Minerva did not specify how many jobs would be created by reopening the plan that can slaughter and debone around 1,100 cattle per day.
It said the plant will resume activities from the middle of July 2017 and that it will keep the market informed of developments.
When Minerva confirmed plans to shut the Mirassol D’Oeste plant, based in Brazil’s western state of Mato Grosso, in July 2015, local media reported as many as 701 jobs would be cut. A statement from Minerva at the time did not mention job cuts, stating only it was “paralysing” the plant to improve efficiency and boost profit by rebalancing its assets.
Expansion push underway?
Minerva will reopen the slaughterhouse in an ambitious attempt to gain ground in Brazil’s meat industry as its crisis-hit rival JBS aims to balance the ship after a turbulent few months, according to local media.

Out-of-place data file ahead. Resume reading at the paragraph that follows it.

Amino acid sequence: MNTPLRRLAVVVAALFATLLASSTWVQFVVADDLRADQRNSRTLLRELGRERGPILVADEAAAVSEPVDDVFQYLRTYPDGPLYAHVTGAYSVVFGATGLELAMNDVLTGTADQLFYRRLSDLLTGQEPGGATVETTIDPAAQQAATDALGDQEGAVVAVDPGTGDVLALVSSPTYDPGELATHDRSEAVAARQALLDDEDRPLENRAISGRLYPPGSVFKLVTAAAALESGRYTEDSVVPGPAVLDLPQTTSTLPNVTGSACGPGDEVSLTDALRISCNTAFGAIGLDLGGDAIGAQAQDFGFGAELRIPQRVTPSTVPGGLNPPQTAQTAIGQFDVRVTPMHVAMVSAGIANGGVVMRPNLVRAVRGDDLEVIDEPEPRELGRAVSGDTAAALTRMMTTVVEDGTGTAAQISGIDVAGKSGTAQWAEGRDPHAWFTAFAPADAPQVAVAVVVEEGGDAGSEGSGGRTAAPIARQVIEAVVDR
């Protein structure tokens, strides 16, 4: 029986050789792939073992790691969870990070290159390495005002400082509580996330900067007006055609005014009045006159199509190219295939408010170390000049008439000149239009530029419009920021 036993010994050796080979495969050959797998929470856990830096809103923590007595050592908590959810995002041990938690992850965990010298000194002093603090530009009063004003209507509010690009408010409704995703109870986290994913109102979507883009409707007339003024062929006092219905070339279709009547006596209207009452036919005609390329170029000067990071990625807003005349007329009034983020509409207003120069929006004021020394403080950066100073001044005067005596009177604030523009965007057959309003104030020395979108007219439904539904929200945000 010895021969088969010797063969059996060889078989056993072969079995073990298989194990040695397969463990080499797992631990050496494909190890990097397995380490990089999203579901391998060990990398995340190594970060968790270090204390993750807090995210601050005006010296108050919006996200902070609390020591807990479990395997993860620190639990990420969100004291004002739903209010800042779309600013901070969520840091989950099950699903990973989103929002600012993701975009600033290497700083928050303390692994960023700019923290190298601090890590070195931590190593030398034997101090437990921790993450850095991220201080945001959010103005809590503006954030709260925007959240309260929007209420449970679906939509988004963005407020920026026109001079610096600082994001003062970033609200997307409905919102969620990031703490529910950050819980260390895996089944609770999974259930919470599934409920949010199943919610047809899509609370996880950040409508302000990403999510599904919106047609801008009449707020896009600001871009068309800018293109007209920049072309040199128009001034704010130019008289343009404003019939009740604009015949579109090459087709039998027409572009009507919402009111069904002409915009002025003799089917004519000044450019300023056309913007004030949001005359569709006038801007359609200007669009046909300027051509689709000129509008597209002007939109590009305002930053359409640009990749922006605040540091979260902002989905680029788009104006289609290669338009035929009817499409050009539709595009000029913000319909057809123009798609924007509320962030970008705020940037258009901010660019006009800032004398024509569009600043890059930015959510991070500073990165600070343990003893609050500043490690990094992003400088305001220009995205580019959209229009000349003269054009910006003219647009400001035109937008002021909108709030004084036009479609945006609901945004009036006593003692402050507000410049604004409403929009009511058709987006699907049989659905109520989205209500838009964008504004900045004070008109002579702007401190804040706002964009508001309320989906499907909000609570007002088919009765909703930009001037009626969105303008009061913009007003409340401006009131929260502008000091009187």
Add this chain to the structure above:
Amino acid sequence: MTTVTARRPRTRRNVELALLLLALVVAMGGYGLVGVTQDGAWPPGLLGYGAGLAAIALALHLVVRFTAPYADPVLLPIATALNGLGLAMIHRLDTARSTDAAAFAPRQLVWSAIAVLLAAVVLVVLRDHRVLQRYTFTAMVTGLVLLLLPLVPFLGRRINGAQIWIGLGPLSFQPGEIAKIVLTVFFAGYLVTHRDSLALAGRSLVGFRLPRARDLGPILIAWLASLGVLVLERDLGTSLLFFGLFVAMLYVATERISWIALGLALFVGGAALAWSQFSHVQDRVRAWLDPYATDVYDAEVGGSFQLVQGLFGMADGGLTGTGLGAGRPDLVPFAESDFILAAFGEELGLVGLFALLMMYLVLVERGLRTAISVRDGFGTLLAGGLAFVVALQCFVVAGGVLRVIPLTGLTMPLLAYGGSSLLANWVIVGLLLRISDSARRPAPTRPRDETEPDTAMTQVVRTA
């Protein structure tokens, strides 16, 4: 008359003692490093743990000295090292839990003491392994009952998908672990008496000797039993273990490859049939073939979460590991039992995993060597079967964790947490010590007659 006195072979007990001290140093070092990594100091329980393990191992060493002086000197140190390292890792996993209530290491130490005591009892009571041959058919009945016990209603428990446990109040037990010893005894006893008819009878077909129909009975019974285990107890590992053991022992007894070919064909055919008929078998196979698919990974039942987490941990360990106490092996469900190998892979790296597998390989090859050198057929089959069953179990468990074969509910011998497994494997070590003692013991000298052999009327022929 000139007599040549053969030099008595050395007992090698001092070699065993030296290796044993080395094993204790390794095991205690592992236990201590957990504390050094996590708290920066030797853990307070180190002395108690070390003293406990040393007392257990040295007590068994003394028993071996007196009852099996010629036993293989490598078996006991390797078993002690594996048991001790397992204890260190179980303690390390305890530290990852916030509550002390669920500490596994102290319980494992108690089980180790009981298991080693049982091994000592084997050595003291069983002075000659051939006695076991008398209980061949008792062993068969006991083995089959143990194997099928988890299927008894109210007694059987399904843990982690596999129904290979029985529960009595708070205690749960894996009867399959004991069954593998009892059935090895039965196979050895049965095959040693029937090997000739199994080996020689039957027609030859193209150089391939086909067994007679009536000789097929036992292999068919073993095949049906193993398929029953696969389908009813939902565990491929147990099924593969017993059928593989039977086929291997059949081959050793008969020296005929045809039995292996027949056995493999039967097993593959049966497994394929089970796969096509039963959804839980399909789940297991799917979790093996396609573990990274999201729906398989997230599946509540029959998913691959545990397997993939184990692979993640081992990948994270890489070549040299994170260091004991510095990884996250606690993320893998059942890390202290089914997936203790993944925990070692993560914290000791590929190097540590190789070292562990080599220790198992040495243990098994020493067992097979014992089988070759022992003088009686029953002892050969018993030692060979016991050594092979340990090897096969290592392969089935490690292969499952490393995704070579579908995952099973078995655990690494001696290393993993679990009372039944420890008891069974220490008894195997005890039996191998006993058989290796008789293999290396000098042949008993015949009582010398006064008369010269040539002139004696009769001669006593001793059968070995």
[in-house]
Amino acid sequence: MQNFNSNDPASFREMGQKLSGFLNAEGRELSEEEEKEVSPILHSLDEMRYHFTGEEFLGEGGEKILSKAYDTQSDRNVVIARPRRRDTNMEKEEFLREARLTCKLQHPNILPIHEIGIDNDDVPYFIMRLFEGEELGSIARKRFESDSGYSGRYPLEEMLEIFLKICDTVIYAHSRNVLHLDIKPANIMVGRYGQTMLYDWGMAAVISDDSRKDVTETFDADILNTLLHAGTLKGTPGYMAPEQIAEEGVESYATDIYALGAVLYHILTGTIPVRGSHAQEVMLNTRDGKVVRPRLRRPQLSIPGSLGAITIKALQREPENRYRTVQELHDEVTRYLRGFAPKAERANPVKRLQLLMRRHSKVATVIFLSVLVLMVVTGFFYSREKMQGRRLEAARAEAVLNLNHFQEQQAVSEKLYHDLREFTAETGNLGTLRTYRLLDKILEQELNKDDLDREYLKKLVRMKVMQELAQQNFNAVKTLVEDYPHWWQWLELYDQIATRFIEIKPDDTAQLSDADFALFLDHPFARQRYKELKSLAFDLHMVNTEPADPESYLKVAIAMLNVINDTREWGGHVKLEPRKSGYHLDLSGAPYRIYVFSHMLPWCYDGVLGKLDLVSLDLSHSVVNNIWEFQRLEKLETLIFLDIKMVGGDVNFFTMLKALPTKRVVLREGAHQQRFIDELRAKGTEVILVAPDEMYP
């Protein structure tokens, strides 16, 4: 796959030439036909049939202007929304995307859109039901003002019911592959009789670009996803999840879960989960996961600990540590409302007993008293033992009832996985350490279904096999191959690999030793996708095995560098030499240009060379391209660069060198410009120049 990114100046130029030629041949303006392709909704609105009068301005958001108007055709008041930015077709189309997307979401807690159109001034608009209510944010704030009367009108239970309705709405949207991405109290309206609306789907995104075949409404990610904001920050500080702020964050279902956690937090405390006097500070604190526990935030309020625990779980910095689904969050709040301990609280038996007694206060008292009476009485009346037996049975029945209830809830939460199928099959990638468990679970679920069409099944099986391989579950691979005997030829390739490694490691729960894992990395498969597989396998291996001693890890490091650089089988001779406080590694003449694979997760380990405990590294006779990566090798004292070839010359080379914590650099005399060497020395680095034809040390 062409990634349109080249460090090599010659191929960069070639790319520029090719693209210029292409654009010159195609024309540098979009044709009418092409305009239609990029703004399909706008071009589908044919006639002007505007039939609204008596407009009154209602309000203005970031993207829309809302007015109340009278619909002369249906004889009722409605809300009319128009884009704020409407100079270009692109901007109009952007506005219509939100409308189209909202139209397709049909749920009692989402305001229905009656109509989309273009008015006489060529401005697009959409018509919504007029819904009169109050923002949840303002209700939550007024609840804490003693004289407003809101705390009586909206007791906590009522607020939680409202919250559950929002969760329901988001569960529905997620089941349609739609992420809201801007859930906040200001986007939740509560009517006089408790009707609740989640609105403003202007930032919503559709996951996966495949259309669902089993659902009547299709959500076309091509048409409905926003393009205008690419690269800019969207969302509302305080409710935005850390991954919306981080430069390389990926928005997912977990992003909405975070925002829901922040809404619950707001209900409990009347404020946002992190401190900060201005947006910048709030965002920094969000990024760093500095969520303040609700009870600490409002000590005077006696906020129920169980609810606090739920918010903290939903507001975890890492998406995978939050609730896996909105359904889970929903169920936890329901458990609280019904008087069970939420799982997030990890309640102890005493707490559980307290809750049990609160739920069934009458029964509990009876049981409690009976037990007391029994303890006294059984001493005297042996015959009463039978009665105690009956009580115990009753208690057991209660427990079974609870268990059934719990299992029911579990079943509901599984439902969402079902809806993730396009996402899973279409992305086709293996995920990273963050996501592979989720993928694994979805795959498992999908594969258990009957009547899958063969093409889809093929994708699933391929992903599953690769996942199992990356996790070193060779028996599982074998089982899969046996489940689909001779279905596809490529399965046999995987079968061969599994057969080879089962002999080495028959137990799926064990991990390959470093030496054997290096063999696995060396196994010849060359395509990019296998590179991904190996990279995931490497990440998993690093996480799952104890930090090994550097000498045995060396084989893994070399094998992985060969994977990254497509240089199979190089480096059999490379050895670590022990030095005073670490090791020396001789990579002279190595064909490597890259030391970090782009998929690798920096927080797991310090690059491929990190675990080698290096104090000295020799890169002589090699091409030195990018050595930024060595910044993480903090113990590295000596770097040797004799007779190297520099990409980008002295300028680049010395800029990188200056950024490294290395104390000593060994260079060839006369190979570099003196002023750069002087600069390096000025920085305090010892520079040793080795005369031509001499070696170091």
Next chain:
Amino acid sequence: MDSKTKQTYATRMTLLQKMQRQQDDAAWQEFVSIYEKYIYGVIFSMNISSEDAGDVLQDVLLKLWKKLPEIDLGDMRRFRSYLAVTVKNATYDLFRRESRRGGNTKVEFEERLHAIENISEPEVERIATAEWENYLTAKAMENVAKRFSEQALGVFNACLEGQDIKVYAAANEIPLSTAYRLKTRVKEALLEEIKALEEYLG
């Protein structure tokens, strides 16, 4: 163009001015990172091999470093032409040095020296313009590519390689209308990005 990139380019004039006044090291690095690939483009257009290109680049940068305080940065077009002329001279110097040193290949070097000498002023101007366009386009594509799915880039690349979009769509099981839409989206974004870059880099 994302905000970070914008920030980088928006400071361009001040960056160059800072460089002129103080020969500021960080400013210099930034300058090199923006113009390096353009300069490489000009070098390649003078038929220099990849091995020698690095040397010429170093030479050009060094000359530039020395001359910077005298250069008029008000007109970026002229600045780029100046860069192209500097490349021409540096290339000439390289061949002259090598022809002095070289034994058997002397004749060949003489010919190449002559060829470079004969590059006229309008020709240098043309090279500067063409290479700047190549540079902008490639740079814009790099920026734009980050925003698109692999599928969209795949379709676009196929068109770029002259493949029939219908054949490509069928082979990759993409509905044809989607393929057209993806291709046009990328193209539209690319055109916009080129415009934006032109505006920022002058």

JBS is considered one of the biggest meatpackers in the world and this month sold its beef subsidiaries in Argentina, Paraguay and Uruguay to Minerva for $300m.
And earlier this week Minerva confirmed it wanted to raise $350m in capital via a notes issuing. Net proceeds from the sale would be used to finance takeovers or pay off existing debt, the company said in a statement.
This, combined with the JBS takeovers, suggests Minerva may planning an expansion push across South America, although this has not been confirmed by the company.
Any grab for market share comes as meat companies in Brazil look to move on from the ‘Weak Flesh’ tainted meat scandal that seriously damaged the reputation of the country’s meat industry.
Minerva, alongside BRF and JBS, claims to be one of Brazil’s big three meat processors and a leader in South America operating in the beef, pork and poultry sectors.
Minerva could not be reached for comment at the time of writing.